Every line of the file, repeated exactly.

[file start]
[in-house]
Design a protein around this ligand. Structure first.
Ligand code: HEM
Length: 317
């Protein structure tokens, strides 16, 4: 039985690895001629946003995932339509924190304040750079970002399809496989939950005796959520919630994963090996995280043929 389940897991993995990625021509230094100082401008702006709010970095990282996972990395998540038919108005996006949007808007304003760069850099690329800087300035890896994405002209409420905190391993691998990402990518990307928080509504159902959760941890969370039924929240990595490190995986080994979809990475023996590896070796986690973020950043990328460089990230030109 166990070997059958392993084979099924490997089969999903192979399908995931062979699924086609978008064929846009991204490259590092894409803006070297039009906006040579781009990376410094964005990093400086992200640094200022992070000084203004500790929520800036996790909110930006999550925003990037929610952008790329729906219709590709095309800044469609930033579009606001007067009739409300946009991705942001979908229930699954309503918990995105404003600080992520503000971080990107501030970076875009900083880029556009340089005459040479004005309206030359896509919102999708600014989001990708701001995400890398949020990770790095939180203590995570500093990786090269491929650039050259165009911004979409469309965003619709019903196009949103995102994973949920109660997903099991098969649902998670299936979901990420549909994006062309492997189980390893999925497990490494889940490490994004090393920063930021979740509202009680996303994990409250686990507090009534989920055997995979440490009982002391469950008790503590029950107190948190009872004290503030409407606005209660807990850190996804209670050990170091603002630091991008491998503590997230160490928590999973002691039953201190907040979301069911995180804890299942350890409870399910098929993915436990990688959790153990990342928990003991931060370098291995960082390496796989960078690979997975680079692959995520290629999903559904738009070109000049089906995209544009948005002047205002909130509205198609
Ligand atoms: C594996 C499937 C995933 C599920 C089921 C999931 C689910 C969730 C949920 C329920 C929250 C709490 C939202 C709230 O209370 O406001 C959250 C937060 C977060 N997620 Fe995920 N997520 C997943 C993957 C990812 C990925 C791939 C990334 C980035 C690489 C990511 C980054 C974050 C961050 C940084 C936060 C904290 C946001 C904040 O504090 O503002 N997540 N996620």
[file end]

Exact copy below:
[in-house]
Design a protein around this ligand. Structure first.
Ligand code: HEM
Length: 317
């Protein structure tokens, strides 16, 4: 039985690895001629946003995932339509924190304040750079970002399809496989939950005796959520919630994963090996995280043929 389940897991993995990625021509230094100082401008702006709010970095990282996972990395998540038919108005996006949007808007304003760069850099690329800087300035890896994405002209409420905190391993691998990402990518990307928080509504159902959760941890969370039924929240990595490190995986080994979809990475023996590896070796986690973020950043990328460089990230030109 166990070997059958392993084979099924490997089969999903192979399908995931062979699924086609978008064929846009991204490259590092894409803006070297039009906006040579781009990376410094964005990093400086992200640094200022992070000084203004500790929520800036996790909110930006999550925003990037929610952008790329729906219709590709095309800044469609930033579009606001007067009739409300946009991705942001979908229930699954309503918990995105404003600080992520503000971080990107501030970076875009900083880029556009340089005459040479004005309206030359896509919102999708600014989001990708701001995400890398949020990770790095939180203590995570500093990786090269491929650039050259165009911004979409469309965003619709019903196009949103995102994973949920109660997903099991098969649902998670299936979901990420549909994006062309492997189980390893999925497990490494889940490490994004090393920063930021979740509202009680996303994990409250686990507090009534989920055997995979440490009982002391469950008790503590029950107190948190009872004290503030409407606005209660807990850190996804209670050990170091603002630091991008491998503590997230160490928590999973002691039953201190907040979301069911995180804890299942350890409870399910098929993915436990990688959790153990990342928990003991931060370098291995960082390496796989960078690979997975680079692959995520290629999903559904738009070109000049089906995209544009948005002047205002909130509205198609
Ligand atoms: C594996 C499937 C995933 C599920 C089921 C999931 C689910 C969730 C949920 C329920 C929250 C709490 C939202 C709230 O209370 O406001 C959250 C937060 C977060 N997620 Fe995920 N997520 C997943 C993957 C990812 C990925 C791939 C990334 C980035 C690489 C990511 C980054 C974050 C961050 C940084 C936060 C904290 C946001 C904040 O504090 O503002 N997540 N996620």